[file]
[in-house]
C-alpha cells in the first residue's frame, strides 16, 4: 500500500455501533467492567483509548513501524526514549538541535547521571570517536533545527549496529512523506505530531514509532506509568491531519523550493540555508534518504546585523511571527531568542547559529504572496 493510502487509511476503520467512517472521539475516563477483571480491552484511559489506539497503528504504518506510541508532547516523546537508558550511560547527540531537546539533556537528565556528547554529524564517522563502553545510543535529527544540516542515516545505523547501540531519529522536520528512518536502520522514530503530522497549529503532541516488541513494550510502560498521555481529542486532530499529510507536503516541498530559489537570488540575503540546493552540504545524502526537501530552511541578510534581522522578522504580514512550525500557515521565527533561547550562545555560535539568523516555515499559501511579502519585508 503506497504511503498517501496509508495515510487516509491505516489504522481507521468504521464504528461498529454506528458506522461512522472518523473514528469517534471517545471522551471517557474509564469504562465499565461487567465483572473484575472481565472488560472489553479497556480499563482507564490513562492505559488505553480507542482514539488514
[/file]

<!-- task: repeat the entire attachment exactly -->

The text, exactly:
[in-house]
C-alpha cells in the first residue's frame, strides 16, 4: 500500500455501533467492567483509548513501524526514549538541535547521571570517536533545527549496529512523506505530531514509532506509568491531519523550493540555508534518504546585523511571527531568542547559529504572496 493510502487509511476503520467512517472521539475516563477483571480491552484511559489506539497503528504504518506510541508532547516523546537508558550511560547527540531537546539533556537528565556528547554529524564517522563502553545510543535529527544540516542515516545505523547501540531519529522536520528512518536502520522514530503530522497549529503532541516488541513494550510502560498521555481529542486532530499529510507536503516541498530559489537570488540575503540546493552540504545524502526537501530552511541578510534581522522578522504580514512550525500557515521565527533561547550562545555560535539568523516555515499559501511579502519585508 503506497504511503498517501496509508495515510487516509491505516489504522481507521468504521464504528461498529454506528458506522461512522472518523473514528469517534471517545471522551471517557474509564469504562465499565461487567465483572473484575472481565472488560472489553479497556480499563482507564490513562492505559488505553480507542482514539488514